A robust groundcover, Crassula multicava, from the garden of my parents in the Blue Mountains

The tide of gardening fashion eventually turned, and even in England, people started ripping out their traditional plants and putting in tropical-style plants - including the things that had been growing so happily in the garden of my childhood, as well as many more exotic ones I had never heard of. I still had many of the plants originally taken from my parents' garden as cuttings and divisions, and I suddenly began to see their garden in a whole new light - filled with easy-going plants which are perfectly suited to our almost subtropical climate.

Purple form of Plectranthus ecklonii, a favourite shrub from the garden of my parents in the Blue Monutains

Over time, I have acquired a number of rare and unusual semi-tropical plants, but as my life has become busier and my gardening time more limited, I look with gratitude at those clumps of tough customers from my parents' garden, which quietly grow away and require little attention from me during the year. My parents' property was sold more than eight years ago, but apparently, the garden has remained intact, with the plants there surviving with little ongoing care. Some of these stalwart plants that I have in my garden include Clivia, Agapanthus, many forms of bromeliads, Iris japonica, the groundcover known as London pride (Crassula multicava), the basic yellow form of daylily (Hemerocallis lilio-asphodelus ), the dainty daisies of Erigeron karvinskianus, many species of Plectranthus, Justicia carnea and Abutilon. I would never be without them. I have passed bits of them on to my friends who have been starting gardens over the past 30 years. I find it somehow comforting to think of a chain of plants reaching right back in time to the 1950s when my parents first began their garden on a bare block comprised of rock and impoverished sandy soil, and were given plants by the people they befriended in their local community. To me, this is one of the highlights of gardening!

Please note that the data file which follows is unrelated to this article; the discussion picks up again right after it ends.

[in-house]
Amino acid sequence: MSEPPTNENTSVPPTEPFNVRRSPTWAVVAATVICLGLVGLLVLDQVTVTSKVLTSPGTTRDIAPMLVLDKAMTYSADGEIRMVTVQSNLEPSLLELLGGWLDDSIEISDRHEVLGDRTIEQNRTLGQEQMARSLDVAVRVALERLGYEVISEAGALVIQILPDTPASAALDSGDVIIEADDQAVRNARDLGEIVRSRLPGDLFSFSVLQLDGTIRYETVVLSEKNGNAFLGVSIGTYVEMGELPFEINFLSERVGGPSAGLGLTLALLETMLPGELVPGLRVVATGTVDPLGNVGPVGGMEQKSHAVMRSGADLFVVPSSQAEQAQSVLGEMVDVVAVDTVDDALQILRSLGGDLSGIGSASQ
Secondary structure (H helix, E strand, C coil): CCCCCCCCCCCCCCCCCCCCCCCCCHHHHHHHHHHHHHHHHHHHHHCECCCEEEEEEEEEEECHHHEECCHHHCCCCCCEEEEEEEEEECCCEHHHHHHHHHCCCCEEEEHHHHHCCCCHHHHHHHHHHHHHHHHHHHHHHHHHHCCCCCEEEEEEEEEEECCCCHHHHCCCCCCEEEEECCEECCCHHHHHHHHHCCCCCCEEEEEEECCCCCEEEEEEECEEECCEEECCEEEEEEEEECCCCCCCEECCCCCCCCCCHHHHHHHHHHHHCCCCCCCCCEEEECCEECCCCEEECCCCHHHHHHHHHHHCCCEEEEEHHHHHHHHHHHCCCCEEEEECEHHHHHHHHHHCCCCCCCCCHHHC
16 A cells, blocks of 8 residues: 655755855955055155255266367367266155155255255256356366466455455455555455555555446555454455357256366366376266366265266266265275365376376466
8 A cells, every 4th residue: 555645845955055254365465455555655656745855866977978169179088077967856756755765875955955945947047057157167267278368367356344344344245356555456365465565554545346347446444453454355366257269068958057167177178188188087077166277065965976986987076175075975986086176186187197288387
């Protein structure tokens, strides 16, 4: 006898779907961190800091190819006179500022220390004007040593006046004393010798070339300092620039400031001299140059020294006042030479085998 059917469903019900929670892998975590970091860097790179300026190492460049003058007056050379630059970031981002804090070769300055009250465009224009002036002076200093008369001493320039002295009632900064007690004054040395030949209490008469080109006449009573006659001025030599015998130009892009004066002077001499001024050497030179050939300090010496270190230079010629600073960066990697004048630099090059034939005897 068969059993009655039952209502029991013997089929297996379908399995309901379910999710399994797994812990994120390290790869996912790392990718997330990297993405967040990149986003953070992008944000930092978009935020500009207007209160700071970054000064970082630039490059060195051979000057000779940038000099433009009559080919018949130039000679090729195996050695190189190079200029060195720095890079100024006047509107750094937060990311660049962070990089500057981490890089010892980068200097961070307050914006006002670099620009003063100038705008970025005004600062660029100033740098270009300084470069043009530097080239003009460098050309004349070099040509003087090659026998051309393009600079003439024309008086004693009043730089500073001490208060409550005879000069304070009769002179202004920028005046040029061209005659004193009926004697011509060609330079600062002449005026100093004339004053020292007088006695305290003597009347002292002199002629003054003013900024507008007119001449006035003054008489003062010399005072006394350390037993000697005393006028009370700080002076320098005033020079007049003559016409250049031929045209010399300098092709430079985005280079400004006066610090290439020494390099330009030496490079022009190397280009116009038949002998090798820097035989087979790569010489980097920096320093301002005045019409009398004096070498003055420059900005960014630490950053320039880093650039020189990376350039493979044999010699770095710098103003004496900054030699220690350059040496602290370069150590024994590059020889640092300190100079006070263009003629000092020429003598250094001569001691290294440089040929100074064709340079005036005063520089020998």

Reader Comments

  • By Sue 2073 Monday, 25 October 2010

    Thank you Deidre for your reminiscences of your mothers garden. The mention of London Pride took me straight back to my childhood. A plant I remember well in my mothers garden was Mock Orange Blossom with its beautiful perfume and masses of ordinary gerberas. Sue.

    Thanks, Sue. I think we all do think very fondly of those plants in our childhood gardens. Deirdre